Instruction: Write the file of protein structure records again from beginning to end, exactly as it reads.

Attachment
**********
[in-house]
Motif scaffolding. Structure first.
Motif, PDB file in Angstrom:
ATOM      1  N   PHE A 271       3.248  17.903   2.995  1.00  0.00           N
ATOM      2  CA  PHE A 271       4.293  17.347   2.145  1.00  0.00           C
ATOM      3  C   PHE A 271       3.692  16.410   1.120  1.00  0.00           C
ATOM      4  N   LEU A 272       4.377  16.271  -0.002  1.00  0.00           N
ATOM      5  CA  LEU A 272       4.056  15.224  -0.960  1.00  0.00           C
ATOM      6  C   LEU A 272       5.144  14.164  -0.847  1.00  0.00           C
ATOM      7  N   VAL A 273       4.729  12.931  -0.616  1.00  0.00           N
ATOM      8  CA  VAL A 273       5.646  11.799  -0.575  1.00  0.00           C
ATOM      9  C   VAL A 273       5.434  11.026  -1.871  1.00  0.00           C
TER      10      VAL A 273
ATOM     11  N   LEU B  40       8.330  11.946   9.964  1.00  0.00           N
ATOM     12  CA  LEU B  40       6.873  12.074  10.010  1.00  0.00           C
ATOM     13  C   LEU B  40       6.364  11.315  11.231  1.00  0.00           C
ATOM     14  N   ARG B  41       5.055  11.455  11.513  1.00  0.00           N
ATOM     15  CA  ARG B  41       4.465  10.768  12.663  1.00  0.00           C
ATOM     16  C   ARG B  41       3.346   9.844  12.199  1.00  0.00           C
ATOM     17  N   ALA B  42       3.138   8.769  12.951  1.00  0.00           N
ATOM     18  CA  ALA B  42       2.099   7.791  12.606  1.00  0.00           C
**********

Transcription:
[in-house]
Motif scaffolding. Structure first.
Motif, PDB file in Angstrom:
ATOM      1  N   PHE A 271       3.248  17.903   2.995  1.00  0.00           N
ATOM      2  CA  PHE A 271       4.293  17.347   2.145  1.00  0.00           C
ATOM      3  C   PHE A 271       3.692  16.410   1.120  1.00  0.00           C
ATOM      4  N   LEU A 272       4.377  16.271  -0.002  1.00  0.00           N
ATOM      5  CA  LEU A 272       4.056  15.224  -0.960  1.00  0.00           C
ATOM      6  C   LEU A 272       5.144  14.164  -0.847  1.00  0.00           C
ATOM      7  N   VAL A 273       4.729  12.931  -0.616  1.00  0.00           N
ATOM      8  CA  VAL A 273       5.646  11.799  -0.575  1.00  0.00           C
ATOM      9  C   VAL A 273       5.434  11.026  -1.871  1.00  0.00           C
TER      10      VAL A 273
ATOM     11  N   LEU B  40       8.330  11.946   9.964  1.00  0.00           N
ATOM     12  CA  LEU B  40       6.873  12.074  10.010  1.00  0.00           C
ATOM     13  C   LEU B  40       6.364  11.315  11.231  1.00  0.00           C
ATOM     14  N   ARG B  41       5.055  11.455  11.513  1.00  0.00           N
ATOM     15  CA  ARG B  41       4.465  10.768  12.663  1.00  0.00           C
ATOM     16  C   ARG B  41       3.346   9.844  12.199  1.00  0.00           C
ATOM     17  N   ALA B  42       3.138   8.769  12.951  1.00  0.00           N
ATOM     18  CA  ALA B  42       2.099   7.791  12.606  1.00  0.00           C